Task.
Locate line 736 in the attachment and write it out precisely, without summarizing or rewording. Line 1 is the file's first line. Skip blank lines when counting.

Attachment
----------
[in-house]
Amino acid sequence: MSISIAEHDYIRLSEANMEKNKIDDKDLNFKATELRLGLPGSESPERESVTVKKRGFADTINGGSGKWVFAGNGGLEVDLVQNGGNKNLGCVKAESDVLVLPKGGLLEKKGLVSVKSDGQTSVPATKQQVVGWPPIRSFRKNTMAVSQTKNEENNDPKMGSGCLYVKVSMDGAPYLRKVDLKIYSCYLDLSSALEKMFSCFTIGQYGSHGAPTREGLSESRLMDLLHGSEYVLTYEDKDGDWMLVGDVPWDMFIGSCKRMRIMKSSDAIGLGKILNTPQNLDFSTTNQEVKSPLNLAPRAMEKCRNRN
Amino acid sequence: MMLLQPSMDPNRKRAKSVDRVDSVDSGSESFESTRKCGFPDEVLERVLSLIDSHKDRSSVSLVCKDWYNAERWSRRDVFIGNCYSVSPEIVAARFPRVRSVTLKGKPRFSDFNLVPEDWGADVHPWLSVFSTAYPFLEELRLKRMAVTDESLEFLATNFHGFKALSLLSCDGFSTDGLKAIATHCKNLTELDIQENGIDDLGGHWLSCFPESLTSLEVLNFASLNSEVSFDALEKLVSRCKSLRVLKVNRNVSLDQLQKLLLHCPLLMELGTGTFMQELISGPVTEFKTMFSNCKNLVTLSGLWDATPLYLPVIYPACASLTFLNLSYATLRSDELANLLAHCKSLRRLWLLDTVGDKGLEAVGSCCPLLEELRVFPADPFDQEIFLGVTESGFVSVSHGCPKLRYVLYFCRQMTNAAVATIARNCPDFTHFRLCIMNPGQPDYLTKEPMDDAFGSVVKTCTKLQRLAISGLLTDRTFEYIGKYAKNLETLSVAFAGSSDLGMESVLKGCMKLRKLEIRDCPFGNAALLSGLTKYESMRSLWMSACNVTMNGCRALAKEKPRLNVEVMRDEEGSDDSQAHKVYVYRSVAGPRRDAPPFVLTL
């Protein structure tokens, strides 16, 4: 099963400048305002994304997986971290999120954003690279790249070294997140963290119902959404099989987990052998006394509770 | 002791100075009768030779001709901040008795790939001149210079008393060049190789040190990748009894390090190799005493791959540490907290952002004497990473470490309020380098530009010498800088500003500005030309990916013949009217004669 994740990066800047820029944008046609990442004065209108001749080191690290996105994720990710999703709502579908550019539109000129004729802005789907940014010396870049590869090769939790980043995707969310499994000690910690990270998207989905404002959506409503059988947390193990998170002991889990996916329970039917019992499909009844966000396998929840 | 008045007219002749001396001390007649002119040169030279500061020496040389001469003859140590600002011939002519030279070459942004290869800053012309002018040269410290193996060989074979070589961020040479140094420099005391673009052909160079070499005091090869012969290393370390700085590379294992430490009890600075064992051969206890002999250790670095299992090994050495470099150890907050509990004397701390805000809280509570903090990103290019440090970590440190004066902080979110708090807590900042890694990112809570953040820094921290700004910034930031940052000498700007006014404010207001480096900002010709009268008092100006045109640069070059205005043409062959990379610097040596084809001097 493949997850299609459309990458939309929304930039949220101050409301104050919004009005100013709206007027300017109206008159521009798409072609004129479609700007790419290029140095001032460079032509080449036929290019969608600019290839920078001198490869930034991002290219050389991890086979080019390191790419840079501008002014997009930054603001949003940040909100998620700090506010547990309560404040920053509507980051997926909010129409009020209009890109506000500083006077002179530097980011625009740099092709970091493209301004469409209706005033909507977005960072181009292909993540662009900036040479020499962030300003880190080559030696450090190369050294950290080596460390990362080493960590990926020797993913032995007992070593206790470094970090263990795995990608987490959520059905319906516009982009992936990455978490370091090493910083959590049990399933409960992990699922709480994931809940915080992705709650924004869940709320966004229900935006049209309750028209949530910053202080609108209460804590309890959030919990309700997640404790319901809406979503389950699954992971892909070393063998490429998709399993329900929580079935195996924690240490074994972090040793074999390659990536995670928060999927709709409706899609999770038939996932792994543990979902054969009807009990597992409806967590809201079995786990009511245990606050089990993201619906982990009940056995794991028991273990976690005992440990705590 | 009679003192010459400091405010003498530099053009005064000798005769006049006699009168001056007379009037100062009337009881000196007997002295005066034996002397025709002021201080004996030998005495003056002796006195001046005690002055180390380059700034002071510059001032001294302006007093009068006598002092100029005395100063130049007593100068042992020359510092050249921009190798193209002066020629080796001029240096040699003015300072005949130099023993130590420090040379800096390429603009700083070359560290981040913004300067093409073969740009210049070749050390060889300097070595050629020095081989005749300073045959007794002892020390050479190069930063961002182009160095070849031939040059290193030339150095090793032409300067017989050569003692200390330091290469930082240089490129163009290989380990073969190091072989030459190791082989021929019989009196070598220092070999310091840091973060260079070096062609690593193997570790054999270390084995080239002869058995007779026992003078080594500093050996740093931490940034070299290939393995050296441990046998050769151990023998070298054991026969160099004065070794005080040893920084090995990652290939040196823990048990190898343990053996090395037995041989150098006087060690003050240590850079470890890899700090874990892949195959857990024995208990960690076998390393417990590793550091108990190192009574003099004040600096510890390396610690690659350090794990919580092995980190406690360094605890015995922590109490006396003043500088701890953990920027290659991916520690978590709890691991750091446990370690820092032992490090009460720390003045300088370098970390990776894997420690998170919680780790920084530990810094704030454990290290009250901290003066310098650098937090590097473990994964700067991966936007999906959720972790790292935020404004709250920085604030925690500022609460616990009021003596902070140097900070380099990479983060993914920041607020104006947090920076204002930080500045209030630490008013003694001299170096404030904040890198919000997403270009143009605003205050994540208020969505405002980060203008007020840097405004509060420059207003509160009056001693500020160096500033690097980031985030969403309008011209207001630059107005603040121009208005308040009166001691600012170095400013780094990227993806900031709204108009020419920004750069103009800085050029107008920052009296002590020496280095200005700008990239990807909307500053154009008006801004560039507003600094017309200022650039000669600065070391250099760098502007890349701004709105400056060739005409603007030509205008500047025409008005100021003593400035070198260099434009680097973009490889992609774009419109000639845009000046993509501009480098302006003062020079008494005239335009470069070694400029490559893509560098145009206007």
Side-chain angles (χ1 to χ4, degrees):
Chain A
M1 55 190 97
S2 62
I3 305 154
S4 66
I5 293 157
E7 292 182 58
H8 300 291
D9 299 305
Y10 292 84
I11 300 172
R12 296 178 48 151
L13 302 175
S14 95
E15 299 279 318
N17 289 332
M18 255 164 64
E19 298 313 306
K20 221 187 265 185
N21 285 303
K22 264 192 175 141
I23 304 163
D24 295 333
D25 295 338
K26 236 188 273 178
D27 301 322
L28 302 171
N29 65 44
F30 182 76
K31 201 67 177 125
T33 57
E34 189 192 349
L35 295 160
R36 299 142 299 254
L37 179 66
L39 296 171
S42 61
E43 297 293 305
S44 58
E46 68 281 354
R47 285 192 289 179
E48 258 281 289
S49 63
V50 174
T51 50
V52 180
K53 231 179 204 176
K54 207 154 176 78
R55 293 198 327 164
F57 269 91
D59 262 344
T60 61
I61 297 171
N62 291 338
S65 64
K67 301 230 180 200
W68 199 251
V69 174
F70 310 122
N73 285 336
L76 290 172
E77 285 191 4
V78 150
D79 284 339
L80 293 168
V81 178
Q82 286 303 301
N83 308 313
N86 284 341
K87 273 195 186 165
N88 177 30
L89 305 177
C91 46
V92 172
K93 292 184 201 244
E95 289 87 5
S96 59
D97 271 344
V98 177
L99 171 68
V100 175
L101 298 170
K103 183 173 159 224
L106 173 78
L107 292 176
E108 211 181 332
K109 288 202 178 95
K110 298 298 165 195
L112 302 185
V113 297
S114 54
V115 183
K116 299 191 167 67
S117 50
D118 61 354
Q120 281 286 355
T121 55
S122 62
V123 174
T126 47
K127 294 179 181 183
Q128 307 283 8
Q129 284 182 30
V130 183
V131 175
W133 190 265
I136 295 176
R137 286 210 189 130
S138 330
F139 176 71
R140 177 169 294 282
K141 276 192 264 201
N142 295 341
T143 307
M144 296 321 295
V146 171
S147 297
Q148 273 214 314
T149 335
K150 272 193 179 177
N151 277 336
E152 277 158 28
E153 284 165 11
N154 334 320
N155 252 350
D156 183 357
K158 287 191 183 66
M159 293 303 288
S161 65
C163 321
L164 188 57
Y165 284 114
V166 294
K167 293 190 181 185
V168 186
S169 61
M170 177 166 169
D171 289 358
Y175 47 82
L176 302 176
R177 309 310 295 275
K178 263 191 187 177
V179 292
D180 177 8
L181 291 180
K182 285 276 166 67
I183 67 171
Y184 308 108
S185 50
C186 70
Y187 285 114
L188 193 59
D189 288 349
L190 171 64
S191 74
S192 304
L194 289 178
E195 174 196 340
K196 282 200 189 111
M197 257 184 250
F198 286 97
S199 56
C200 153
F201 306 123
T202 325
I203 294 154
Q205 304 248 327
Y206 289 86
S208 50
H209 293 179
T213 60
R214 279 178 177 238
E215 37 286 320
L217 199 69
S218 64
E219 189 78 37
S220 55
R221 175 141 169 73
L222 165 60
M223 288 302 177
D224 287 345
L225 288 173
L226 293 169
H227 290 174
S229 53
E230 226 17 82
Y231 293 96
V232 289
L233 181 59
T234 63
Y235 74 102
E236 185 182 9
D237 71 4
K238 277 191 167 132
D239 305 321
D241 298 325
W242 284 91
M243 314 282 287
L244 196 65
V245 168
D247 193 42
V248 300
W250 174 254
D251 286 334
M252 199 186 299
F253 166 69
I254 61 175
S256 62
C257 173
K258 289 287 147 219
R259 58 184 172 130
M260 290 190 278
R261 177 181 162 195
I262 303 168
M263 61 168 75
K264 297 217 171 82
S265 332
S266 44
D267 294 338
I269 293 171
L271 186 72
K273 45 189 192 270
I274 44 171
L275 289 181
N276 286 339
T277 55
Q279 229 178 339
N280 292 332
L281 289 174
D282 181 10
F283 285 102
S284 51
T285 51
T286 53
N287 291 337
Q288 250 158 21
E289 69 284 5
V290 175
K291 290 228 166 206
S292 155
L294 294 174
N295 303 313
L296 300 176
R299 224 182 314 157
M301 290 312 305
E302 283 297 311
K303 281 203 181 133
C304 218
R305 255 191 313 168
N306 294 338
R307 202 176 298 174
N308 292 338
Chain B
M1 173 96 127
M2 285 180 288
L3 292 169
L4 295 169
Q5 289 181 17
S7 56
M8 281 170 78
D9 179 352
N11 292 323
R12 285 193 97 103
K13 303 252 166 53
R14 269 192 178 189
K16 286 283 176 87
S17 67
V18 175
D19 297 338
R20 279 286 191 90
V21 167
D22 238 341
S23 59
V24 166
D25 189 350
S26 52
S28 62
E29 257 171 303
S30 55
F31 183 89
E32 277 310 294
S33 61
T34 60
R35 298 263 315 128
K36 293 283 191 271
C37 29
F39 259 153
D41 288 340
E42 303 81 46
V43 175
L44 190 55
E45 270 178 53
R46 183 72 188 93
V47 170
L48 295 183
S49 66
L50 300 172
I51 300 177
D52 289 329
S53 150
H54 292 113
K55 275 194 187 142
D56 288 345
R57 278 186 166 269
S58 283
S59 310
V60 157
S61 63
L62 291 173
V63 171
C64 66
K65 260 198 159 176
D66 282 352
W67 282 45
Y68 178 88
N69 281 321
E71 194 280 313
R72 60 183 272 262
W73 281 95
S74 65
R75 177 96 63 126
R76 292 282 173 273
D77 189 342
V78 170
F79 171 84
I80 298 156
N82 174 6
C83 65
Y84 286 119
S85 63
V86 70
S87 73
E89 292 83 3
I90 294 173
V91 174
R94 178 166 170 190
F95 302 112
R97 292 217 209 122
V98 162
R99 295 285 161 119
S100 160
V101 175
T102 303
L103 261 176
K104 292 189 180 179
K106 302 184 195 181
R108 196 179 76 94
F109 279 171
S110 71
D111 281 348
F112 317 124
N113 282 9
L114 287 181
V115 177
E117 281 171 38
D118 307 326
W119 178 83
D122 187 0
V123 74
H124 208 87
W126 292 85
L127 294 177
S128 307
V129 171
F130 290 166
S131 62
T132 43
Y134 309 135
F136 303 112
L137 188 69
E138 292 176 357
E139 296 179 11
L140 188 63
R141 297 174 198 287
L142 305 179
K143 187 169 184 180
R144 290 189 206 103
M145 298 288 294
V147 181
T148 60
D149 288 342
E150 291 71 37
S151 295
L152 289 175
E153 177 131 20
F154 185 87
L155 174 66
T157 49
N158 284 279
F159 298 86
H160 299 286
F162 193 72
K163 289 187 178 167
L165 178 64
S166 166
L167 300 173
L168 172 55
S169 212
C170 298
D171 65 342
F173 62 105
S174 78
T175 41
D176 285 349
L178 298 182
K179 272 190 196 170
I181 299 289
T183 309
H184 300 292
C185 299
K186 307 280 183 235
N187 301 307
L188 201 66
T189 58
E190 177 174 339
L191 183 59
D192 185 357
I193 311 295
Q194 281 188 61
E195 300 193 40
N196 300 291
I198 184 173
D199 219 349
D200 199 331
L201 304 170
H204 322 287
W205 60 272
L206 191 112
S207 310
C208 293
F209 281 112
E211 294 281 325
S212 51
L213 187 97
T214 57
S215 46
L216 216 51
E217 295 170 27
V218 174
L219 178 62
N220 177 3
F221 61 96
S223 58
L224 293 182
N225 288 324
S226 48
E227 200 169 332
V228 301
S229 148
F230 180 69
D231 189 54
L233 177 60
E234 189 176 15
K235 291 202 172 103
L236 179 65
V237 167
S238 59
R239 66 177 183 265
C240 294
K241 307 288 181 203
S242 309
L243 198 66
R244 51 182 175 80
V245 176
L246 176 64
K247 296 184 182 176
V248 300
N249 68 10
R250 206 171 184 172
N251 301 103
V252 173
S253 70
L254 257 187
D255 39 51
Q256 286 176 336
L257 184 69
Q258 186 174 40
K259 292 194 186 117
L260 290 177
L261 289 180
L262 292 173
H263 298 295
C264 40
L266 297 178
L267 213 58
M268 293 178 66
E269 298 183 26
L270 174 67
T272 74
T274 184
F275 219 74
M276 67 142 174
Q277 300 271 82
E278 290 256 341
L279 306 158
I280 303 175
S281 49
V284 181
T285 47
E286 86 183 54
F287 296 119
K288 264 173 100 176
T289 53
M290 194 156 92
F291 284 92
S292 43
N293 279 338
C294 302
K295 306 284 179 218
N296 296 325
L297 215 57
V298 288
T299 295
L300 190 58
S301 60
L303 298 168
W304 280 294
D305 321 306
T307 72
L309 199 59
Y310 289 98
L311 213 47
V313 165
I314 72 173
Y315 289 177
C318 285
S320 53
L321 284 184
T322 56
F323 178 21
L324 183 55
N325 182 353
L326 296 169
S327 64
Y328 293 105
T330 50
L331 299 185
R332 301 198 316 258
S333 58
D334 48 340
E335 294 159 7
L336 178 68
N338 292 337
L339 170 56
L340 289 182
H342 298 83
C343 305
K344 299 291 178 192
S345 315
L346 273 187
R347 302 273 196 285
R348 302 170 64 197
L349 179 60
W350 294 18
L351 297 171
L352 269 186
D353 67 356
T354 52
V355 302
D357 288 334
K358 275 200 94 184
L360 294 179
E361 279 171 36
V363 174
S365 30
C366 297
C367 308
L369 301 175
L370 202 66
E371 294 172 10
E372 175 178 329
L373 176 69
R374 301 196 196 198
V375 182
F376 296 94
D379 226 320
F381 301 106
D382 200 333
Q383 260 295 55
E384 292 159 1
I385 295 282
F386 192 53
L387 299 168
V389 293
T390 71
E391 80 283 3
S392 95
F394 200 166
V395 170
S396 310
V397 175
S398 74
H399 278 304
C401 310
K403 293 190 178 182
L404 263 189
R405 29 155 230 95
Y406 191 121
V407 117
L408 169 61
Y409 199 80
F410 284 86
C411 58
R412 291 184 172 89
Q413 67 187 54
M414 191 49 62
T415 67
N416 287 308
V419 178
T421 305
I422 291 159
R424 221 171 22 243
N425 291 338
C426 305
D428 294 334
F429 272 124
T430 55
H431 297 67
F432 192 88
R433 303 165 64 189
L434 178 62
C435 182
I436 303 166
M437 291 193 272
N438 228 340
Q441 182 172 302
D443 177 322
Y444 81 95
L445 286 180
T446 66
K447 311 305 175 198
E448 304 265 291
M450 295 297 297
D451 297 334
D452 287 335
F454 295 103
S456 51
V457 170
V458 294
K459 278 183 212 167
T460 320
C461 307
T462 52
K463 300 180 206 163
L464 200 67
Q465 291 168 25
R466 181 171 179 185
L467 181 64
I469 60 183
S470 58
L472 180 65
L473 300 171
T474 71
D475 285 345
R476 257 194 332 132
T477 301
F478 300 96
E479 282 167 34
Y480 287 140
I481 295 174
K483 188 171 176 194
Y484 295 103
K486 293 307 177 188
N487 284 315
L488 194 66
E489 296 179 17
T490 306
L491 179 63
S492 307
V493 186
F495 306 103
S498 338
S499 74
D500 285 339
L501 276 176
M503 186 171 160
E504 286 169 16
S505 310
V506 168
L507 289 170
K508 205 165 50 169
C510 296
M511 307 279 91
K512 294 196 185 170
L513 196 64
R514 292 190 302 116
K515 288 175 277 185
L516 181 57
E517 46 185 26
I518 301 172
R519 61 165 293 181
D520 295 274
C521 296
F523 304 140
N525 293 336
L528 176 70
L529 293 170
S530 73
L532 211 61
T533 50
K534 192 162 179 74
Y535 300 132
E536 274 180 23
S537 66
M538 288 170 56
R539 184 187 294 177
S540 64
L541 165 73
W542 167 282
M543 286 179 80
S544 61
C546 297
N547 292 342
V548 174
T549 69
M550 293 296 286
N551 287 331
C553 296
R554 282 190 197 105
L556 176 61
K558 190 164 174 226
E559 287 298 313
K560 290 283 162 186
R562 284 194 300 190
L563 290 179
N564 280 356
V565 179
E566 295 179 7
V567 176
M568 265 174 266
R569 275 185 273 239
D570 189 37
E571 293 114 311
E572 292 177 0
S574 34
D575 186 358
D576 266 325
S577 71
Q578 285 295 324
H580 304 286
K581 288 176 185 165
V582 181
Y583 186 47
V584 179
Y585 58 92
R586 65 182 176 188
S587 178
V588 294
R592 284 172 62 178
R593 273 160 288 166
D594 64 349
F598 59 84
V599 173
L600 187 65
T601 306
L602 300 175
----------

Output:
R569 275 185 273 239